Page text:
Two Entrys. The A Entry of Buddy Othick and Jamie Thompson were the most successful college basketball bettors I’ve ever known and two of the nicest guys ever in Vegas. If I could follow anyone in any sport, it would be them. Buddy’s sons, Matt and Trent, continue the nice guy tradition.
Jamie played basketball at Wichita State and later Buddy would coach there. Jamie once scored 36 points vs. UCLA, in a losing effort, in the 1965 Final Four semis. He was an Academic All-American in 1967.
After years of successful handicapping, with his partner and best friend Buddy, Jamie traded in his pencil for his passion – his golf clubs. Jamie, a near scratch golfer, was good enough to make his living on the golf course. He died suddenly in San Antonio in 2006 of a heart ailment no one was aware of or ready for.
Buddy is semi-retired now and enjoying his grandchildren. I see him from time to time and his opinion is still the dead nuts.
Matt played point guard for Lute Olson at Arizona and was with the San Antonio Spurs for a cup of coffee, his career cut short by an injury.
Trent produced a successful Broadway play, along with his brother Matt, starring Chazz Palminteri in “A Bronx Tale.” After four months of sellouts on Broadway they took the play on the road and it sold out in city after city. They also made a gambling-themed movie called “Yonkers Joe” with Chazz again and Christine Latti. My son Vincent is co-producer of both the play and movie.
While attending Bishop Gorman High School in Vegas, Trent was betting college baskets with a couple of equally young classmate bookmakers. He ran his BR up to five dimes and spent it on DJ equipment, gold chains, shoes and other young wiseguy stuff.
Trent and Matt got bored so they began betting baseball with those same classmate bookies. This was baseball and not the baskets they knew so well. Trent loses and doesn’t have the money to pay since he blew it on all that neat stuff.
He goes to Buddy for help (cash) and Buddy, being a good father, makes him sell all the good stuff he bought to pay part of his tab. Tough love but a good lesson on money management that would serve him well.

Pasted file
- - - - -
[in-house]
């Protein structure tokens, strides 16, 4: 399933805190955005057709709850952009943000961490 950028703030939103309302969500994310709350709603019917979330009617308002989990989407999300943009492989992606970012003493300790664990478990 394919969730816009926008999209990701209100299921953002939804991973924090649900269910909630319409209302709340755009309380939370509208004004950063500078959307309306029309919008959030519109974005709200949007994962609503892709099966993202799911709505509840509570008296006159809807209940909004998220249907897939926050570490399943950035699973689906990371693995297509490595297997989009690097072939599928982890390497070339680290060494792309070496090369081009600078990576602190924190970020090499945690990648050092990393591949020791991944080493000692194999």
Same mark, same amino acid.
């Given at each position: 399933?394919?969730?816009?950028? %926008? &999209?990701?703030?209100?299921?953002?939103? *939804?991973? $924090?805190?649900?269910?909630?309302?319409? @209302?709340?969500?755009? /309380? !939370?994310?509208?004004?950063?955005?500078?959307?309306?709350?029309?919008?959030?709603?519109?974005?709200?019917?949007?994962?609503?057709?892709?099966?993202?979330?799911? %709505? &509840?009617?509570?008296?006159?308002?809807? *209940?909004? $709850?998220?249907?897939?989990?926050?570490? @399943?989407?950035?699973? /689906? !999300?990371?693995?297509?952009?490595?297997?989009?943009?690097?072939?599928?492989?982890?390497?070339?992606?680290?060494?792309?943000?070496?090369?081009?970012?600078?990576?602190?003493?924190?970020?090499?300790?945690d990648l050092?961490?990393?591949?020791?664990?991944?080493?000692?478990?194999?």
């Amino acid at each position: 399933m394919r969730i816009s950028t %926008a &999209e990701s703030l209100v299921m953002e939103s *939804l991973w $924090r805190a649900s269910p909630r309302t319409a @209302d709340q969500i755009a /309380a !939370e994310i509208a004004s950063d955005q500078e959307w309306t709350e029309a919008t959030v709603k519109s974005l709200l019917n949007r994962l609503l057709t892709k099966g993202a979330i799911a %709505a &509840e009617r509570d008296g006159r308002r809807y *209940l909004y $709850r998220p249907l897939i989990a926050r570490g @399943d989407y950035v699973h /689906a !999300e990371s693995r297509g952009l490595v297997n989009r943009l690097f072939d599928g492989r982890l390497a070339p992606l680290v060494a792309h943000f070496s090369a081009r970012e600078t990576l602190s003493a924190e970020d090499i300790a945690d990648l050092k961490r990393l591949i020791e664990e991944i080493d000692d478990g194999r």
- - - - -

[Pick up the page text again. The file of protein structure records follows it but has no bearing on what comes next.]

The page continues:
It was guys like Buddy and Jamie that made up for the more treacherous people we went up against.
The B Entry of Pete White and his son Kenny was equally talented and just as nice as Buddy and Jamie.
Pete and Kenny came to my rescue one basketball season. The Stardust crowd was more than capable of putting a run together, especially in basketball, and that one season, we started $300,000 losers to the colleges in the first week.
We were really in trouble. Our numbers were weak; there was no other way to put it. Our oddsmakers Roxy and Jerry “The Hat” were being asked for too much. They were making football numbers as well as basketball and hockey all at the same time.
A few of our players concentrated on college baskets and were eating our lunch. That was when I hired Kenny White, who would later take over LVSC (Las Vegas Sports Consultants) and establish himself as Las Vegas’ top oddsmaker after Roxy left.
It took two weeks but Kenny and his dad Pete shared their handicapping skills with me and helped me out of a shaky situation. I still had a job.
Pete White was way ahead of his time, a trend setter. As far back as the ‘60s, he was cataloging players’ speeds, coaches’ offensive and defensive philosophies, etc., all by hand of course. In 1971 Pete put out the first-ever in-depth, useful fact book on all college football teams and players. It was a gem of a textbook. Today we’re inundated with them.
In the early ‘70s, Pete pulled off a beautiful con just to prove he could do it. Not for money, because he exposed it as soon as he accomplished it and he kept no money.
Pete invented a phony college basketball game for a busy Saturday. He got the game entered in the schedule, got it on the betting boards, bet it, got phony scores sent over the wire, and collected on the “winner.”
He didn’t keep the money, but told the bookies how sad they were; they weren’t doing their homework.
Pete’s temper was legendary, especially in sportsbooks that were timid with limits or had rip-off payouts. Pete and I always got along and still do.
He wasn’t always pissed off though; he had compassion for the homeless, who he crusaded for. Pete also put on a benefit for his good friend Joe Jock, whose kidneys were failing.
Without Pete and Kenny, who knows what my future would have been if they hadn’t helped me out of that early jackpot? Thanks guys.
Scotty Schettler began his Las Vegas journey in 1968. By the time he quit the race and sports book business he had booked over $1.5 billion for different employers. He says he knows where most of the cans are buried. His book, is available on amazon.com. Contact Scotty at [email protected].